Spiral capacitance plate 1720 comprises structural elements to position sensing portions of measurement system 1700 onto tissue 1740, such as clips, pads, bands, springs, and the like. Spiral capacitance plate 1720 comprises one or more wires, such as circuit traces, that comprise individual capacitor plates. The spiral capacitance wires of plate 1720 allow for larger sensor surface area to sense various physiological parameters in tissue. Plate 1720 can include a single spiral wire or can include multiple, such as two shown in FIG. 17. Plate 1720 includes a central aperture through which optical emitter/detector 1722 can emit/detect optical signals 1730 into tissue for measurement of physiological parameters, such as pulse and SpO2 of blood.

In this example, inner shield 1751 creates a faraday shield around at least links 1753-1754. Inner shield 1751 can be electrically connected to an AC signal source. Outer shield 1752 surrounds inner shield 1751, along with any additional wires or links that might be included in link 1750. Also in this example, outer shield 1752 creates a faraday shield around at least links 1753-1754 and inner shield 1751. Outer shield 1752 is not electrically connected to inner shield 1751 and is isolated by dielectric 1758, which can include sheathing 1755 or coaxial insulator material. Furthermore, outer shield 1752 can be optionally connected to ground or a reference potential.

Measurement link 1750 comprises a two shield system (1751-1752) with a twisted pair wire inside. In the twisted pair, one wire (1753) acts as a conductor for a single plate capacitor 1720 and the second wire (1754) acts as a ‘dummy’ reference conductor wire. When a person grabs both wires simultaneously, both wires indicate a change in capacitance of a similar magnitude, which can be subtracted out as a common mode signal, leaving behind the desired signal measured using capacitance link 1753. When only capacitance link 1753 or capacitance plate 1720 are contacted or proximate to tissue, then the common mode signal will be smaller and less of a factor in measurement processing. Higher twists per inch in the twisted pair can aid to keep the wires electromagnetically coupled. An electrically driven shield around the twisted pair, such as inner shield 1751, acts as a shield but also can minimize electromagnetic coupling onto the twisted pair, in part because energy will not typically flow between two wires of the same potential. An optional second shield (outer shield 1752) around inner shield 1751 should be grounded to act as a mitigation of radiated emissions from inner shield 1751 when inner shield 1751 is electrically driven, such as by an AC signal. In another example, both inner shield 1751 and outer shield 1752 are driven actively when a capacitance measurement is desired, but each of inner shield 1751 and outer shield 1752 are driven with differential/complementary signals to minimize interference. In further examples, reference link 1754 can be used to monitor and cancel environmental interference, such as EMI from lighting, measurement equipment, patients touching conductive objects, ambient EMI, or other sources of EMI.

In operation, optical signals are emitted by optical emitter/detector 1722 into tissue. Optical emitter/detector 1722 optical signals after propagation through tissue. Optical emitter/detector 1722 communicate with measurement equipment, not shown for clarity, over associated links. Optical emitter/detector 1722 include LED or laser diode equipment and optical detection elements, such as photodiodes, photodetectors, or other optical sensors, and transfers electrical signals representative of the optical signals detected to measurement equipment. Plate 1720 can be employed as a single plate capacitor or two plate capacitor when placed in proximity to tissue. An electrical signal can be driven onto plate 1720 by capacitance link 1753 to emit an electrical signal into tissue as discussed herein for single plate capacitors or two plate capacitors. Measurement system 1760 can monitor changes in an electric field or changes in a capacitance signal associated with the electric field emitted by plate 1720 to determine physiological parameters. Measurement system 1760 can use the capacitance signals to modify or correct measurements performed using the optical elements, among other operations as discussed herein.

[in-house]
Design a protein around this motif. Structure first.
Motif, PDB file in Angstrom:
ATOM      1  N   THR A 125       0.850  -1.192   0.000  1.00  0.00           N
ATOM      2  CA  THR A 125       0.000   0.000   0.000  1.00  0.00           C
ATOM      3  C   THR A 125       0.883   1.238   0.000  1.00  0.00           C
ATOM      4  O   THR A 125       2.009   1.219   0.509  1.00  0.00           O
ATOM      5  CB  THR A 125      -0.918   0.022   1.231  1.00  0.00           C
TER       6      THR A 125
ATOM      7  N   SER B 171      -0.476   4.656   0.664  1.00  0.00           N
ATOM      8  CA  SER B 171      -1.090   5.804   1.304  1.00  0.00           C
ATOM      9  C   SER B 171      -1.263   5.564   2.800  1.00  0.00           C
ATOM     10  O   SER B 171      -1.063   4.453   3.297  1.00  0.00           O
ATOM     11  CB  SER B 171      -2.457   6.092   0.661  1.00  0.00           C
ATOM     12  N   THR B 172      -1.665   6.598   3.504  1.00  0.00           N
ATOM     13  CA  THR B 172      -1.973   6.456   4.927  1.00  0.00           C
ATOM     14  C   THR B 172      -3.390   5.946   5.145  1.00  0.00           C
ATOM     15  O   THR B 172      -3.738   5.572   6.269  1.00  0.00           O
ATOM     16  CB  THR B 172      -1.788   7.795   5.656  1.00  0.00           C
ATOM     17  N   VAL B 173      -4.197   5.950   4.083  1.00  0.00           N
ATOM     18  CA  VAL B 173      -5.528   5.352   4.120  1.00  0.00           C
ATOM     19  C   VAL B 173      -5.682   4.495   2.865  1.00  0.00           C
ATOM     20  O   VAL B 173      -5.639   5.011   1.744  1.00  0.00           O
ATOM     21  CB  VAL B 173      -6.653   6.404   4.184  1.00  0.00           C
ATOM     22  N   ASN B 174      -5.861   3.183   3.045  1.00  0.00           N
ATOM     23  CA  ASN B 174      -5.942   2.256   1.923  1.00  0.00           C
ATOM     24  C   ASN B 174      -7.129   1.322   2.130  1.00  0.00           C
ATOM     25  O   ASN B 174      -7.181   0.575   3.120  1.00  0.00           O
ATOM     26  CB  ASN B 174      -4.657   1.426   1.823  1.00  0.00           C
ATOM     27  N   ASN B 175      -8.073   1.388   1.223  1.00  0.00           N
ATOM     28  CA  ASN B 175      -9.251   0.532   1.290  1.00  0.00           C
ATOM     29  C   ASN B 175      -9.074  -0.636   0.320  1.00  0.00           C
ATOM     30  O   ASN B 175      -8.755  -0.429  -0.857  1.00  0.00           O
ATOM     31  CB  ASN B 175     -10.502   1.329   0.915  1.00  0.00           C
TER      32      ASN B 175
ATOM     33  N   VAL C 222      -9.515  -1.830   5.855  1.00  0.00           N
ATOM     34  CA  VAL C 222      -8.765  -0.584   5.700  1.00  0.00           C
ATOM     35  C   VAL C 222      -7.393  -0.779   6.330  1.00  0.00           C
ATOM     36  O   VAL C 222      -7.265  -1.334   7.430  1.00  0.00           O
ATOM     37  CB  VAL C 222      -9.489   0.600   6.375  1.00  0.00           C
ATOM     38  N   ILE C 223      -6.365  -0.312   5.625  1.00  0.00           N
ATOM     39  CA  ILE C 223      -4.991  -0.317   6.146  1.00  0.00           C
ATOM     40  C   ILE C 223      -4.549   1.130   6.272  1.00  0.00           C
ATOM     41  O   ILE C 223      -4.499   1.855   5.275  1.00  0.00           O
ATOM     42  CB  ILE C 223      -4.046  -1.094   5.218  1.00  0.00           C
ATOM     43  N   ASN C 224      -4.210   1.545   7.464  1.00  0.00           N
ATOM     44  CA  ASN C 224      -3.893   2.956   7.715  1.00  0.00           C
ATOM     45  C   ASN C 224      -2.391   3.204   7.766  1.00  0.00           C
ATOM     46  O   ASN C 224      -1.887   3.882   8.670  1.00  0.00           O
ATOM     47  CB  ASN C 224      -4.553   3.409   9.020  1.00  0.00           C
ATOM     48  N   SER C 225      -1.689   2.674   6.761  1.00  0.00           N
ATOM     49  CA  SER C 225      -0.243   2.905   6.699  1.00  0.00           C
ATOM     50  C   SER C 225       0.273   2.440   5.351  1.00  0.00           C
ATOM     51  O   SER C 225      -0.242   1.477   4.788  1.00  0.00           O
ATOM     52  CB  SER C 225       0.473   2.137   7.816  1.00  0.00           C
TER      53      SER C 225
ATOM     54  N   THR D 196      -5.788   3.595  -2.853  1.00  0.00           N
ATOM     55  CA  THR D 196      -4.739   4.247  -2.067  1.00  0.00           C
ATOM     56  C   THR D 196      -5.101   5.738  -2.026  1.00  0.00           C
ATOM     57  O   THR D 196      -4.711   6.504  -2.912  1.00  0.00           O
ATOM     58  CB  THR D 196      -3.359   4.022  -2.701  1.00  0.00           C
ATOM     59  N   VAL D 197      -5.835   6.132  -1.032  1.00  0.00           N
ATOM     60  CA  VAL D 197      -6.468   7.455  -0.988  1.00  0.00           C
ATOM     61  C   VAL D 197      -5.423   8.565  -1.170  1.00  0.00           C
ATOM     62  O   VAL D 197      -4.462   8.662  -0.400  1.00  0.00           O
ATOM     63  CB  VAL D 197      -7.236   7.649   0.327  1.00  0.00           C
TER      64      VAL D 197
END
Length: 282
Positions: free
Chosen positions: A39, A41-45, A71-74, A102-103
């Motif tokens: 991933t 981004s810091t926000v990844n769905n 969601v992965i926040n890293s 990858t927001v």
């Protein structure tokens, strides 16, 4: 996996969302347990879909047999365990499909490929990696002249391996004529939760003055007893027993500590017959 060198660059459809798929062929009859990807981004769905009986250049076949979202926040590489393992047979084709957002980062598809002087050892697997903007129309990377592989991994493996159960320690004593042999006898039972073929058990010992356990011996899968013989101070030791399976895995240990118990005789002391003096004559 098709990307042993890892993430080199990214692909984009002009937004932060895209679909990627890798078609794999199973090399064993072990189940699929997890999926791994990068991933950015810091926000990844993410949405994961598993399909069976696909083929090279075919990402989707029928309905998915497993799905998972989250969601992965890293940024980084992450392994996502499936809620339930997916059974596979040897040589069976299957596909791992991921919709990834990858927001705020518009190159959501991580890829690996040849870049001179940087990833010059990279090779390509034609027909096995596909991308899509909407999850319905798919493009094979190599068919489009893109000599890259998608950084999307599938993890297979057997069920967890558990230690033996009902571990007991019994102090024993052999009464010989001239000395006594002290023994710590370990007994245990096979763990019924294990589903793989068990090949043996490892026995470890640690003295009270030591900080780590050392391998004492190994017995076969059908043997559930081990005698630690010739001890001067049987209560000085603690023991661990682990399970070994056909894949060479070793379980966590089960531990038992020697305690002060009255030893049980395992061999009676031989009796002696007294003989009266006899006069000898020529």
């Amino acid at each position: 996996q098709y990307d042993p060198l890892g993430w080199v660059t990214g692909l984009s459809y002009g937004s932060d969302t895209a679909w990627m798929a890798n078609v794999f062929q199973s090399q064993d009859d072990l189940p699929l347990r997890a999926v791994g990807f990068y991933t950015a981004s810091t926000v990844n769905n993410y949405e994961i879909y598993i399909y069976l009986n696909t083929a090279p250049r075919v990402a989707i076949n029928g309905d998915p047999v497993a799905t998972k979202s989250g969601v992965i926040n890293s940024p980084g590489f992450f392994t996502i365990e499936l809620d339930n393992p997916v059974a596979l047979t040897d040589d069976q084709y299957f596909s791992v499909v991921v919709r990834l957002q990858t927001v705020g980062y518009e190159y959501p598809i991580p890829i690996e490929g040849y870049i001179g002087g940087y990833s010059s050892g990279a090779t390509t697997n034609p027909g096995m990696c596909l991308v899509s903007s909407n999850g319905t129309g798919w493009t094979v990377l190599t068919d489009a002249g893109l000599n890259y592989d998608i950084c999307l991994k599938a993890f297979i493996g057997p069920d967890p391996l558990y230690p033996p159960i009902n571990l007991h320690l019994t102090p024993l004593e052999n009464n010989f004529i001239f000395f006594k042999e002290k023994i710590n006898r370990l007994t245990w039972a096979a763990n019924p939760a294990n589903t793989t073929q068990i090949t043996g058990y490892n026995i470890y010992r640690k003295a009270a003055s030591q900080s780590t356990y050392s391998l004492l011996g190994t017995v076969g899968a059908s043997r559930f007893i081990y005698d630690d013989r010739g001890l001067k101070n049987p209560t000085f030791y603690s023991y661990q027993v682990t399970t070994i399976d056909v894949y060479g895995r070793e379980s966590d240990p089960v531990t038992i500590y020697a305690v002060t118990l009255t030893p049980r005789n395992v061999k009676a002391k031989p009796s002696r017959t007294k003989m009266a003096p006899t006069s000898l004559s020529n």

FIG. 18 is a block diagram illustrating measurement system 1800, as an example of elements of measurement equipment 101 in FIGS. 1-8, measurement system 910 in FIG. 9, measurement system 1310 in FIG. 13, or measurement system 1410 in FIG. 14, although these can use other configurations. Measurement system 1800 includes optical system interface 1810, processing system 1820, user interface 1840, capacitance system interface 1850, and optionally optical system 1870 and capacitance system 1880. Optical system interface 1810, processing system 1820, user interface 1840, and capacitance system interface 1850 are shown to communicate over a common bus 1860 for illustrative purposes. It should be understood that discrete links can be employed, such as communication links or other circuitry. Measurement system 1800 may be distributed or consolidated among equipment or circuitry that together forms the elements of measurement system 1800.

Optical system interface 1810 comprises a communication interface for communicating with other circuitry and equipment, such as with optical system 1870. Optical system interface 1810 can include transceiver equipment exchanging communications over one or more of the associated links 1861-1862. It should be understood that optical system interface 1810 can include multiple interfaces, pins, transceivers, or other elements for communicating with multiple external devices. Optical system interface 1810 also receives command and control information and instructions from processing system 1820 or user interface 1840 for controlling the operations of optical system interface 1810. Links 1861-1862 can each use various protocols or communication formats as described herein for links 180-181, including combinations, variations, or improvements thereof.